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Hockessin Community News
  • Hockessin Community Center may avoid sheriff’s sale, thanks to some last minute help

  • The future of the Hockessin Community Center may just be looking up, thanks to a generous offer from the Hockessin Historical Society.


    The Community Center, which is facing a sheriff’s sale on October 31 due to an outstanding $207,000 construction debt, was approached by members of the Hockessin Historical Society to buy the property and restore it to its full potential.


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  • The future of the Hockessin Community Center may just be looking up, thanks to a generous offer from the Hockessin Historical Society.
    The Community Center, which is facing a sheriff’s sale on October 31 due to an outstanding $207,000 construction debt, was approached by members of the Hockessin Historical Society to buy the property and restore it to its full potential.
    The Historical Society has offered to buy the Community Center for $175,000 and restore the property. “We would take title of the property and restore it, but would put two offices in the building, one for them and one for us,” Woodcock said, HHS Director. “This is a real project that the community would embrace,” he said.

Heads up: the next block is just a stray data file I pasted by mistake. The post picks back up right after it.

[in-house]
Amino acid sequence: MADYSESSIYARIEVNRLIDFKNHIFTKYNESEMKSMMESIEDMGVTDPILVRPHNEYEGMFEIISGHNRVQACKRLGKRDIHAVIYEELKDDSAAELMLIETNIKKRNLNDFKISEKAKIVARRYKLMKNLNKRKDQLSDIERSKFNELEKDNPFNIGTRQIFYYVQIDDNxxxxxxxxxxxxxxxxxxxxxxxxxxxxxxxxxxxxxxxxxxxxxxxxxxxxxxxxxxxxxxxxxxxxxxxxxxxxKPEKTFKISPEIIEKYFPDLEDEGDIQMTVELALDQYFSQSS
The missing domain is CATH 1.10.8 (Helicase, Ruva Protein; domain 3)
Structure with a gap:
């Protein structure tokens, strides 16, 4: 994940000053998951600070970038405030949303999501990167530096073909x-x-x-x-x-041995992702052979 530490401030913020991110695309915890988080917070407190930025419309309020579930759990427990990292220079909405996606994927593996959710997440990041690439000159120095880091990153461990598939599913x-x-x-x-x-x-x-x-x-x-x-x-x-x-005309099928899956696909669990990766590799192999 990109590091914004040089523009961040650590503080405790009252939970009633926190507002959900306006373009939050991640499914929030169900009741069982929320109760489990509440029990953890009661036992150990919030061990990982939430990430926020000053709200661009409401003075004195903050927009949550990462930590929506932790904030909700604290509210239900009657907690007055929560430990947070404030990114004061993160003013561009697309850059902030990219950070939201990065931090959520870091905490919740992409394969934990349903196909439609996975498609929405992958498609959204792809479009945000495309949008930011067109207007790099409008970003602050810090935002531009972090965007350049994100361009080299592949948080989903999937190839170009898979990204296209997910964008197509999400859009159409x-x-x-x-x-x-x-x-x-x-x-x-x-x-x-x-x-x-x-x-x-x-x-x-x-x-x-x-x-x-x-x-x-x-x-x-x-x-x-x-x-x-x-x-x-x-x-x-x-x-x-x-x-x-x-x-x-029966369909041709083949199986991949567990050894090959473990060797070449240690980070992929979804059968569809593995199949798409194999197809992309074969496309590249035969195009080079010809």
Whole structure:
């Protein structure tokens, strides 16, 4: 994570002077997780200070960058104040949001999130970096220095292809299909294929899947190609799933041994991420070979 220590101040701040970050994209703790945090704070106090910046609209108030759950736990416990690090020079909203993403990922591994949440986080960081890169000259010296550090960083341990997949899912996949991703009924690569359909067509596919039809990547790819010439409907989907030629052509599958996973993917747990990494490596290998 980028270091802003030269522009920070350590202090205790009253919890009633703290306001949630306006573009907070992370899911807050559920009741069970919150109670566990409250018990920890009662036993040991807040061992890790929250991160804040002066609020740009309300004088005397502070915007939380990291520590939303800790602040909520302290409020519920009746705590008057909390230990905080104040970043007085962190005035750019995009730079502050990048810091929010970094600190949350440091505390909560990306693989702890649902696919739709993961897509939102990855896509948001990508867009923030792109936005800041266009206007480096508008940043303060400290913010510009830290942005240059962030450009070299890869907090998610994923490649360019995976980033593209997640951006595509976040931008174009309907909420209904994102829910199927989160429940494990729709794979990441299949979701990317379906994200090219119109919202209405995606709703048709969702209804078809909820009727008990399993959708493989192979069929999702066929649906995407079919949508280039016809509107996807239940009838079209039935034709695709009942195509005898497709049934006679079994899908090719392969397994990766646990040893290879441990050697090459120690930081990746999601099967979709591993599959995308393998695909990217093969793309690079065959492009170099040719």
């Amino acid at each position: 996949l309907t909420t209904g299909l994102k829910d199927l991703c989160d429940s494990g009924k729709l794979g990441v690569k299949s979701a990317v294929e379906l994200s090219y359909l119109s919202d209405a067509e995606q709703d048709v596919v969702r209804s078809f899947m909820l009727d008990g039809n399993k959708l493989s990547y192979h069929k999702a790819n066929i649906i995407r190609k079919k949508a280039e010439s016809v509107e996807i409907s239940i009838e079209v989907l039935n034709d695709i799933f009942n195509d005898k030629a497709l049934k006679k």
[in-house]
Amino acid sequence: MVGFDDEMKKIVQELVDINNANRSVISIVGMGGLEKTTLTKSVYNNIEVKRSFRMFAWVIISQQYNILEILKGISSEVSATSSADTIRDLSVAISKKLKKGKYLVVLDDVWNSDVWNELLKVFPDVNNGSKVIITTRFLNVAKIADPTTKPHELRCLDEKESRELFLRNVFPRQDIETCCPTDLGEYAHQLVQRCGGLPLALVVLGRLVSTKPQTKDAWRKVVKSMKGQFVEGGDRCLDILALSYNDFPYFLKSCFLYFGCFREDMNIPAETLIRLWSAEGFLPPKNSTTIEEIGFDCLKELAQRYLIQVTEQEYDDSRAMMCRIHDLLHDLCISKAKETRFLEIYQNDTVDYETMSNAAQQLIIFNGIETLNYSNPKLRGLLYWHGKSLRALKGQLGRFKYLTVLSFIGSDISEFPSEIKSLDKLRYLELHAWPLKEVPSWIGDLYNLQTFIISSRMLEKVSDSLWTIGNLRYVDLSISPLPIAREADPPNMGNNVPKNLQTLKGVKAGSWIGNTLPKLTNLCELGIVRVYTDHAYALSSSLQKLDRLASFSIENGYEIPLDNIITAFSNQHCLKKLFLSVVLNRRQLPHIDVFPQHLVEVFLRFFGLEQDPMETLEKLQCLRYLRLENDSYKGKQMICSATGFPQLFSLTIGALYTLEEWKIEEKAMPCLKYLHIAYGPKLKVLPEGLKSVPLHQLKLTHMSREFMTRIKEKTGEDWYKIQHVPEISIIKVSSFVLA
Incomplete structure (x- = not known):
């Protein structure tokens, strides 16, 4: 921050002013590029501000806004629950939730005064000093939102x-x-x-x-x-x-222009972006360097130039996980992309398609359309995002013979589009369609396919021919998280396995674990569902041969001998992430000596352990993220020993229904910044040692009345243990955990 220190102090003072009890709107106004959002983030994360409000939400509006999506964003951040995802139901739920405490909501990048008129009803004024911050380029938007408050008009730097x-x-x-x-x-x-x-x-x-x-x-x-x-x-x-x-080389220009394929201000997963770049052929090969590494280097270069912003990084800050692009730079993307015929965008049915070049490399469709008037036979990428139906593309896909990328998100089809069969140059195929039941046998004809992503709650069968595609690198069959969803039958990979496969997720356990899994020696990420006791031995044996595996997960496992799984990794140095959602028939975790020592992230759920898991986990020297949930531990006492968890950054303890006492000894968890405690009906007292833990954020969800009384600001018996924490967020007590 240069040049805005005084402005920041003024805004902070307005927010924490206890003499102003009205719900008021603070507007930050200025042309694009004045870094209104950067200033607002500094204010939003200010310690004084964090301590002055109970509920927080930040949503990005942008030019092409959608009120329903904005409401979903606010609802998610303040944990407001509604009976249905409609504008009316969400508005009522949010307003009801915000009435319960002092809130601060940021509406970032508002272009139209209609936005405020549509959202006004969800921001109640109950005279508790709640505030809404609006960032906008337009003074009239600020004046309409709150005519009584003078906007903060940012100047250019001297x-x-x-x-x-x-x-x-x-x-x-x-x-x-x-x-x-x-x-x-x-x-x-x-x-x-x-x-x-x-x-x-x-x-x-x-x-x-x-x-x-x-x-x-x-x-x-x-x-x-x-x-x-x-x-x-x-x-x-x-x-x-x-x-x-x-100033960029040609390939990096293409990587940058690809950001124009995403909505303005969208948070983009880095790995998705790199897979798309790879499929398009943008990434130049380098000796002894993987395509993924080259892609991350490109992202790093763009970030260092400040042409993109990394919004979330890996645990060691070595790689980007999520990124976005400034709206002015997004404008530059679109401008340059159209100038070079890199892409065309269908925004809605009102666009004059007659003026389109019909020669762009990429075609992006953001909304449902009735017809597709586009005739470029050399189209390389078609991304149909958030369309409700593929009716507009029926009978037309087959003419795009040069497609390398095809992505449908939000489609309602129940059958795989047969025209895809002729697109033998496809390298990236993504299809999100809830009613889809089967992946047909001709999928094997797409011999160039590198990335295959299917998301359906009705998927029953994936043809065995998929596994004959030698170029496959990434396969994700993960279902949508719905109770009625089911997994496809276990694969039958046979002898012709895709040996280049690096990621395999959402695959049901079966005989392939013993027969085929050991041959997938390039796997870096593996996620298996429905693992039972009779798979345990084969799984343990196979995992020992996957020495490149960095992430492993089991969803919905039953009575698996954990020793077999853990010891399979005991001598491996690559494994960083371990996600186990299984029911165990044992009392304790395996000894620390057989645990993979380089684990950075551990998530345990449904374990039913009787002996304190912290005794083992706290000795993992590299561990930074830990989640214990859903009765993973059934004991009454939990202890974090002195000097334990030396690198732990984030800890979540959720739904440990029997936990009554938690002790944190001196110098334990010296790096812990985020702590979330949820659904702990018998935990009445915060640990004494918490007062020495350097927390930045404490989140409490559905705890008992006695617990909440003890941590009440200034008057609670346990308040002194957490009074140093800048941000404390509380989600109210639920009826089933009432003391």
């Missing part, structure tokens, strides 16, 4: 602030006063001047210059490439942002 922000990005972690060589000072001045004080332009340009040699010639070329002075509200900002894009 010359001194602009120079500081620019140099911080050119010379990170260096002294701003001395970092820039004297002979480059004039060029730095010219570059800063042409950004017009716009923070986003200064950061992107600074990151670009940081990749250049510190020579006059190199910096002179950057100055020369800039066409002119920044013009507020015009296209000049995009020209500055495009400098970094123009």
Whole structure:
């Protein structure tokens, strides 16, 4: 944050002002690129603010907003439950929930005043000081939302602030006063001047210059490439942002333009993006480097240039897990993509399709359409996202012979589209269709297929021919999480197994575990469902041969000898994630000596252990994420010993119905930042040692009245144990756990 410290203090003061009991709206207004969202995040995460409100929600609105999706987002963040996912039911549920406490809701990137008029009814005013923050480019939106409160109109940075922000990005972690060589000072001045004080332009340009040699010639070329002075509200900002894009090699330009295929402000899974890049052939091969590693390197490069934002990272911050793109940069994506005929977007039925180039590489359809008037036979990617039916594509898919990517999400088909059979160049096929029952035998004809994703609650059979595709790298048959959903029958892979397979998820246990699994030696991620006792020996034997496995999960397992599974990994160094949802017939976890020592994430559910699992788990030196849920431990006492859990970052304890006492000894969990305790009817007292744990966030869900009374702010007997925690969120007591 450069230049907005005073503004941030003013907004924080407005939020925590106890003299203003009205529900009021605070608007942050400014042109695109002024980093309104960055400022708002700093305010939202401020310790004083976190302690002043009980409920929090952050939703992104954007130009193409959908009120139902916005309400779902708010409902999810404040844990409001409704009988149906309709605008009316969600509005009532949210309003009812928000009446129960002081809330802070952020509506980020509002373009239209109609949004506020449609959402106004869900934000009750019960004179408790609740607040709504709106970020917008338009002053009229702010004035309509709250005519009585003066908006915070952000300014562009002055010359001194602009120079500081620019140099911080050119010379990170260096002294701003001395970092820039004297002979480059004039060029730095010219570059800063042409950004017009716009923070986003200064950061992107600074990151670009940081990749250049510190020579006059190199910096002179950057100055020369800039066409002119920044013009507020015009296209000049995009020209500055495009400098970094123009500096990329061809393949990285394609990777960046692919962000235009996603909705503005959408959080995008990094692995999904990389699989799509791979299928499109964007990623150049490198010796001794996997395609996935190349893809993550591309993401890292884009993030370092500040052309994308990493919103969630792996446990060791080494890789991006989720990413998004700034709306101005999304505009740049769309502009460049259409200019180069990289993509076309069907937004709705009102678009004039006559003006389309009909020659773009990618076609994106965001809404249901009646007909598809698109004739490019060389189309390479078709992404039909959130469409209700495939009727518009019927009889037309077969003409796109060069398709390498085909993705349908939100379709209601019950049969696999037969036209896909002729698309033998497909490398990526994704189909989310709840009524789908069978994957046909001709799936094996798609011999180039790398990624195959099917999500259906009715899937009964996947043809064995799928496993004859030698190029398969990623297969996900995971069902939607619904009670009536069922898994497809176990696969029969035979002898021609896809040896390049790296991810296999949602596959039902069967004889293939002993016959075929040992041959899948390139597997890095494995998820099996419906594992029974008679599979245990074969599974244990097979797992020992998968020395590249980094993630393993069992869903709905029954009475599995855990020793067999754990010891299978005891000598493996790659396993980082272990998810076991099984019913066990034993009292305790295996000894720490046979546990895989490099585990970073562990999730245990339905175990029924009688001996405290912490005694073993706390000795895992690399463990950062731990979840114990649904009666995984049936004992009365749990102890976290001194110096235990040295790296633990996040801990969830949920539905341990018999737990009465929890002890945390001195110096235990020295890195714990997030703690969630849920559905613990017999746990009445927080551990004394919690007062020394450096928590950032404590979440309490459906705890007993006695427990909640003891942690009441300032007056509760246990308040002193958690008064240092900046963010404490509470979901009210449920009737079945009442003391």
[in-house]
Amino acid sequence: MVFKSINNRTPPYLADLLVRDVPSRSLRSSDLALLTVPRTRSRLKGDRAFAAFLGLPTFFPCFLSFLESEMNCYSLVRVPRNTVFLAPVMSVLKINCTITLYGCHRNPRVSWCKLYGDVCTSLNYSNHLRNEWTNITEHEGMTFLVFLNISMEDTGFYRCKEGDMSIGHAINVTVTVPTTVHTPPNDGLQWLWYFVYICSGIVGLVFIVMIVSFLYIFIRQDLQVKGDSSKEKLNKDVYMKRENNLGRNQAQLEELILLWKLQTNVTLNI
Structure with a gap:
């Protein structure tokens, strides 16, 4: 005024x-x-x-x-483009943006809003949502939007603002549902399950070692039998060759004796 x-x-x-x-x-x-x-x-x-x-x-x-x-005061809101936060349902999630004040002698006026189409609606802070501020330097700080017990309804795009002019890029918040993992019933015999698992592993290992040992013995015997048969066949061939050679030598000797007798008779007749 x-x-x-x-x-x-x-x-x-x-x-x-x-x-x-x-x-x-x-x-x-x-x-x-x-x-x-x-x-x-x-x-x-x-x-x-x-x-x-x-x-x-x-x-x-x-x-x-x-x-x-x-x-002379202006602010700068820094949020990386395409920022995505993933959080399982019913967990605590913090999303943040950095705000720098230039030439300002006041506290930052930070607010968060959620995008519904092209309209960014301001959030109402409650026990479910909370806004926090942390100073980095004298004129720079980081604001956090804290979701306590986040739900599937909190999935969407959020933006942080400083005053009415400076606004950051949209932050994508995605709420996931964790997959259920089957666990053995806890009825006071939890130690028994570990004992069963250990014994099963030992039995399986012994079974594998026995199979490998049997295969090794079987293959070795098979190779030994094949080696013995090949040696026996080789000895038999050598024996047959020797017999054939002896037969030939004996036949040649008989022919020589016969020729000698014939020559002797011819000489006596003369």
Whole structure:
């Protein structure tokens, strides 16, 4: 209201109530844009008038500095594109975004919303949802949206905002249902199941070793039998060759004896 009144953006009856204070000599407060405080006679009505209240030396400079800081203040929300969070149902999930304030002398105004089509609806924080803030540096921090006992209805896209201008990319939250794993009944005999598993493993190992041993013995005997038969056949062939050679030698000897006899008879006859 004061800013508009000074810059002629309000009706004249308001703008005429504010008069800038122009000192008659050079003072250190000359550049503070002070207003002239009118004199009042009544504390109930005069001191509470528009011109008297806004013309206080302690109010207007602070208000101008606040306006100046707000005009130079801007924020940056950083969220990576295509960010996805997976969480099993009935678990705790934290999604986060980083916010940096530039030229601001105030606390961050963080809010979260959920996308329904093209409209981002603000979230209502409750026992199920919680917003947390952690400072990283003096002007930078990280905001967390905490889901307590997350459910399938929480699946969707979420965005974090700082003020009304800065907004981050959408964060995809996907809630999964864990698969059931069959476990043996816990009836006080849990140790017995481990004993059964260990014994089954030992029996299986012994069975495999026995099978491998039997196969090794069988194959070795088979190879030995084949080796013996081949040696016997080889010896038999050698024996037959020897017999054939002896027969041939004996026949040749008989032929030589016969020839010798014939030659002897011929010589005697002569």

The Community Center, located on Millcreek Road, is a significant piece of Delaware history.  The five-acre property includes School 107C, once a one-room schoolhouse where all African American children were educated. The school played an important role in the Supreme Court case, Brown v. Board of Education, which discontinued segregation in public education.
    “This is a natural fit for the community,” Woodcock said, who has worked with the Historical Society in other preservation projects including Tweed's Park in Hockessin.
    But Fran Swift, treasurer for the Community Center, said that although the Center is in negotiations with the Historical Society, they are still looking at other options. “We may be receiving a donation from the Longwood Fund or a grant from the Welfare Foundation,” Swift said.
    Swift said that the two groups plan to meet on Sept. 14 to discuss the potential partnership. In the meantime, the Community Center is receiving donations, and Swift said any little bit helps. “We are receiving $10 here, $100, there, and sometimes $1000,” Swift said.
    Woodcock believes the Historical Society has a great reputation in restoration, and is hoping the Community Center decides to collaborate. “In these dire times, people need to work together,” Woodcock said. “And if they can afford it later, they can buy it back from us,” Woodcock stated.
    If you would like to make a donation to the Hockessin Community Center, visit their website at: http://www.hockessincc.org/index.htm.
     

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